Super Size Me (2004) / Documentary
MPAA Rated: PG-13 for language, sexual references, drug references, and a graphic medical procedure
Running Time: 96 min.
Cast: Morgan Spurlock, Alexandra Jamieson, Bridget Bennett, Dr. Lisa Ganjhu, Dr. Daryl Isaacs, Dr. Stephen Siegel, Don Gorske
Director: Morgan Spurlock
Screenplay: Morgan Spurlock
Morgan Spurlock sat on his momís couch one Thanksgiving and saw a well-publicized news report about two girls who were suing fast food giant McDonalds for their obesity and health problems. At first glance, these sorts of suits seem completely ridiculous and unfounded. Of course eating mass quantities of fast food isnít good for you! Itís mostly fat-laden, greasy, and filled with some of the cheapest ingredients available. Spurlock initially agreed, but after thinking about it a bit, decided there might be some reason to be alarmed. McDonalds and the makes of unhealthy snacks spend hundreds of millions of dollars every year trying to hook kids into the junk food way of life, making the United States the fattest nation on Earth, and the increases in obesity in the last 2 decades alone have skyrocketed.
So Spurlock decided to put his film degree to use and make a documentary to see just what kinds of damage eating fast food can do to the human body, as well as see what a stranglehold on the American public these corporations have. He targets the biggest of them all, McDonalds, and limits himself to eating nothing but food from the Golden Arches for 30 days -- breakfast, lunch and dinner. He first gets a physical to determine his health status, and monitors the changes in his body as the experiment progresses. Along with a decrease in his exercise, Spurlock finds that the fast food way of life is wrought with weight gain, and gives him headaches, nausea, and actually endangers some of his bodyís vital organs.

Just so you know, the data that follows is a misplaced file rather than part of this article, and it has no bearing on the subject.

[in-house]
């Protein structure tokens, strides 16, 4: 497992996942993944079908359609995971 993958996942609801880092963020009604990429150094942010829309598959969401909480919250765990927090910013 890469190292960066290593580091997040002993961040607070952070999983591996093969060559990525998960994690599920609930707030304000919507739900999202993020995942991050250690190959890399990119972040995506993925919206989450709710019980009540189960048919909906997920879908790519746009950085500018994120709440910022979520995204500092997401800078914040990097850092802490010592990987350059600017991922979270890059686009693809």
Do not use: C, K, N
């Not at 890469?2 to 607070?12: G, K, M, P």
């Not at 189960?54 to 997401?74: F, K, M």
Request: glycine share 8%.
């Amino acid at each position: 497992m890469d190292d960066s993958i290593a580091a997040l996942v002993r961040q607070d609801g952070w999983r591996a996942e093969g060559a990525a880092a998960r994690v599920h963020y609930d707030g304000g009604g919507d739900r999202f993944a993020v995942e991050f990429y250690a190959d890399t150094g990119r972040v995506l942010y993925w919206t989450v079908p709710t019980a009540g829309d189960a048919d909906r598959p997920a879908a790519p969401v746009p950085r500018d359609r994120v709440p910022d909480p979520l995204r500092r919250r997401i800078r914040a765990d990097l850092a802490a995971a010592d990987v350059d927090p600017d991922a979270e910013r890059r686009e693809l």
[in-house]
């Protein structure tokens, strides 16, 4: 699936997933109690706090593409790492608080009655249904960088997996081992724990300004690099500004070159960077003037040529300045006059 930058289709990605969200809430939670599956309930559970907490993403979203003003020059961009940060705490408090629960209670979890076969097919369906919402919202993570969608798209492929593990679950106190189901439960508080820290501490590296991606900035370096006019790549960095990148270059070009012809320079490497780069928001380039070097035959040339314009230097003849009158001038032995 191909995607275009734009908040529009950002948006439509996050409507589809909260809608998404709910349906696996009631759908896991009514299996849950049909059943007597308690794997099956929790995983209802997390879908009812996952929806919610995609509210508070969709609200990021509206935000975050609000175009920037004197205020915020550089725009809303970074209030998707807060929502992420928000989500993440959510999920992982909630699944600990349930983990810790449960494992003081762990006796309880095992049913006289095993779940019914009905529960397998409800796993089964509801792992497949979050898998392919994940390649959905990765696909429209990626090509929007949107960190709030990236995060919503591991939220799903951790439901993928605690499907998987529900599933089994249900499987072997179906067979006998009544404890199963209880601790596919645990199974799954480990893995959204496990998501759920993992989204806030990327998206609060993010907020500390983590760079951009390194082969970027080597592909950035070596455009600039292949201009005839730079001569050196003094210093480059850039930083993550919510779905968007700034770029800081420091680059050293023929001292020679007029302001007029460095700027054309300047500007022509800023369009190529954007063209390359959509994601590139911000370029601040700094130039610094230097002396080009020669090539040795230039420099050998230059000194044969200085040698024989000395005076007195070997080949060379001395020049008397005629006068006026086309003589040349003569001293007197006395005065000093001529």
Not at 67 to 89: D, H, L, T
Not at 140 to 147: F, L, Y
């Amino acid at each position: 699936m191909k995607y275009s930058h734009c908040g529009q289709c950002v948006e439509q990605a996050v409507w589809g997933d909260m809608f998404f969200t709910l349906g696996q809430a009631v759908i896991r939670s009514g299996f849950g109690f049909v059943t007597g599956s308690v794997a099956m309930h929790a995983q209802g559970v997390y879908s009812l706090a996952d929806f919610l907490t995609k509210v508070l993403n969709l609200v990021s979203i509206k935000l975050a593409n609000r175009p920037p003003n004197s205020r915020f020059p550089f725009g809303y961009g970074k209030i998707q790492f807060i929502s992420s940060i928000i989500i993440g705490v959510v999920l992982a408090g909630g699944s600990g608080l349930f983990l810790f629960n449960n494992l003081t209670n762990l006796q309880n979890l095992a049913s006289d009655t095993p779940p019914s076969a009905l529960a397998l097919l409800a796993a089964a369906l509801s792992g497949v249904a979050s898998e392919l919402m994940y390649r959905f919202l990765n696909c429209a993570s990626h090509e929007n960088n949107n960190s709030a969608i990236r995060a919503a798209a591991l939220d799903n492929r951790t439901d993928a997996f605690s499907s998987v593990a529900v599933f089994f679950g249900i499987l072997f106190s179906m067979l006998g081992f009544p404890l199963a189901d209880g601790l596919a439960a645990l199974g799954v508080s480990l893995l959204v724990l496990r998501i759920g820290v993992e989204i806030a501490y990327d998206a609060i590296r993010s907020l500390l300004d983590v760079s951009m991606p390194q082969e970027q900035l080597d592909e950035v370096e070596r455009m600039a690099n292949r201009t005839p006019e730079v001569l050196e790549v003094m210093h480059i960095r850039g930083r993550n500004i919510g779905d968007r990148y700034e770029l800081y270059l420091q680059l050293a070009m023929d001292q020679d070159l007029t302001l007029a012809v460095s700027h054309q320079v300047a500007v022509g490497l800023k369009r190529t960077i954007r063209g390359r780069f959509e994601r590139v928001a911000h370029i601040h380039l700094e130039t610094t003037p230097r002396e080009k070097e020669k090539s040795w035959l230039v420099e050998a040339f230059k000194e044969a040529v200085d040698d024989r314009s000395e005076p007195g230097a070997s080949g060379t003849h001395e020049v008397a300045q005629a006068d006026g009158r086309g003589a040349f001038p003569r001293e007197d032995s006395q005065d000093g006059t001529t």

Yes, itís not a very scientific way to conduct an experiment, and Spurlock clearly wants very badly to have issues and problems for the sake of having something to make a movie about. In fact, you could do many such documentaries about eating or drinking the same things for 30 days and come up with unhealthy results (Gee, water is supposedly healthy, so lets keep drinking it until we drown and see it's a deadly killer!) However, he also wisely looks beyond the experiment at how hard it is for the American public to find out information about what kinds of things they are eating at McDonalds, such as the lack of available nutritional content brochures. Spurlock also gives a lot of information about the dangers of obesity in the country, and how major corporations throw money at schools to ensure that their products are being given to young children, even at the cost of their health.
Super Size Me has dark subject matter, but credit Spurlock for taking this very serious issue and making it an engaging and quite entertaining experience, while also offering a good deal of education to go along with it. Itís clear that Spurlock is on a mission, and in doing so, change has been effected, which is the true mark of success for a scathing documentary. Within weeks of the filmís debut at Sundance, McDonalds pushed forward a new kind of happy meal for health conscious eaters, the Adult Happy Meal.
Itís hard not to think about this film after seeing it, especially as you pass a McDonalds. It ingrains itself in your psyche and makes you really question just what kinds of things you are putting in your body, and how many of the unhealthy feelings you might have might be a result of bad eating choices. For this reason, above and beyond just being entertaining and informative, Super Size Me ranks as one of the better films of 2004, and will probably significantly change the diet of tens of thousands of people across the country.
©2004 Vince Leo